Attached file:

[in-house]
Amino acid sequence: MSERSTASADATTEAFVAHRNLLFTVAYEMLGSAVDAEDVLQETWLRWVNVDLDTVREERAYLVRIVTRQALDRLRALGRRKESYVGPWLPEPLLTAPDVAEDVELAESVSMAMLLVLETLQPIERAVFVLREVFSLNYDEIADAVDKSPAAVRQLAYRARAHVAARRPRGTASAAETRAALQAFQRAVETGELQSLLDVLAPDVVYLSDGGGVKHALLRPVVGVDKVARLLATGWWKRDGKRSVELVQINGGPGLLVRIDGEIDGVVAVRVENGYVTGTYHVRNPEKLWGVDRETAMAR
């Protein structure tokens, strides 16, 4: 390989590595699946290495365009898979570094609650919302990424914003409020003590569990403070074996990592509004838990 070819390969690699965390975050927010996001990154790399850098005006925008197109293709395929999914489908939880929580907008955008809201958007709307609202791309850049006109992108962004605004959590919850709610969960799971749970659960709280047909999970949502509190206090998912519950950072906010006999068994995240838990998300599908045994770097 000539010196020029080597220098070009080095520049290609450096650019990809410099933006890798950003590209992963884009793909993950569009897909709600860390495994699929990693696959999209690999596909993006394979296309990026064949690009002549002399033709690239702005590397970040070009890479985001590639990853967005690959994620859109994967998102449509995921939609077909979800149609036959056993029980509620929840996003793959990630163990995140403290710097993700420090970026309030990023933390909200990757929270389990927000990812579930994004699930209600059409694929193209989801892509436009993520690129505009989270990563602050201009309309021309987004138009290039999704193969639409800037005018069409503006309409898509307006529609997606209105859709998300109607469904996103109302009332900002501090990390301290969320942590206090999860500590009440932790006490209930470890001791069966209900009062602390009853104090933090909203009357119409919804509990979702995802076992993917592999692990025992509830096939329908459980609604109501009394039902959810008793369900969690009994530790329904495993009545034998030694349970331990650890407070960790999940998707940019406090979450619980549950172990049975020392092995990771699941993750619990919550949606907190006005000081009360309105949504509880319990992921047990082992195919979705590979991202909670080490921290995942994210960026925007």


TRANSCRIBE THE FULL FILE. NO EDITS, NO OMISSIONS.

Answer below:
[in-house]
Amino acid sequence: MSERSTASADATTEAFVAHRNLLFTVAYEMLGSAVDAEDVLQETWLRWVNVDLDTVREERAYLVRIVTRQALDRLRALGRRKESYVGPWLPEPLLTAPDVAEDVELAESVSMAMLLVLETLQPIERAVFVLREVFSLNYDEIADAVDKSPAAVRQLAYRARAHVAARRPRGTASAAETRAALQAFQRAVETGELQSLLDVLAPDVVYLSDGGGVKHALLRPVVGVDKVARLLATGWWKRDGKRSVELVQINGGPGLLVRIDGEIDGVVAVRVENGYVTGTYHVRNPEKLWGVDRETAMAR
């Protein structure tokens, strides 16, 4: 390989590595699946290495365009898979570094609650919302990424914003409020003590569990403070074996990592509004838990 070819390969690699965390975050927010996001990154790399850098005006925008197109293709395929999914489908939880929580907008955008809201958007709307609202791309850049006109992108962004605004959590919850709610969960799971749970659960709280047909999970949502509190206090998912519950950072906010006999068994995240838990998300599908045994770097 000539010196020029080597220098070009080095520049290609450096650019990809410099933006890798950003590209992963884009793909993950569009897909709600860390495994699929990693696959999209690999596909993006394979296309990026064949690009002549002399033709690239702005590397970040070009890479985001590639990853967005690959994620859109994967998102449509995921939609077909979800149609036959056993029980509620929840996003793959990630163990995140403290710097993700420090970026309030990023933390909200990757929270389990927000990812579930994004699930209600059409694929193209989801892509436009993520690129505009989270990563602050201009309309021309987004138009290039999704193969639409800037005018069409503006309409898509307006529609997606209105859709998300109607469904996103109302009332900002501090990390301290969320942590206090999860500590009440932790006490209930470890001791069966209900009062602390009853104090933090909203009357119409919804509990979702995802076992993917592999692990025992509830096939329908459980609604109501009394039902959810008793369900969690009994530790329904495993009545034998030694349970331990650890407070960790999940998707940019406090979450619980549950172990049975020392092995990771699941993750619990919550949606907190006005000081009360309105949504509880319990992921047990082992195919979705590979991202909670080490921290995942994210960026925007």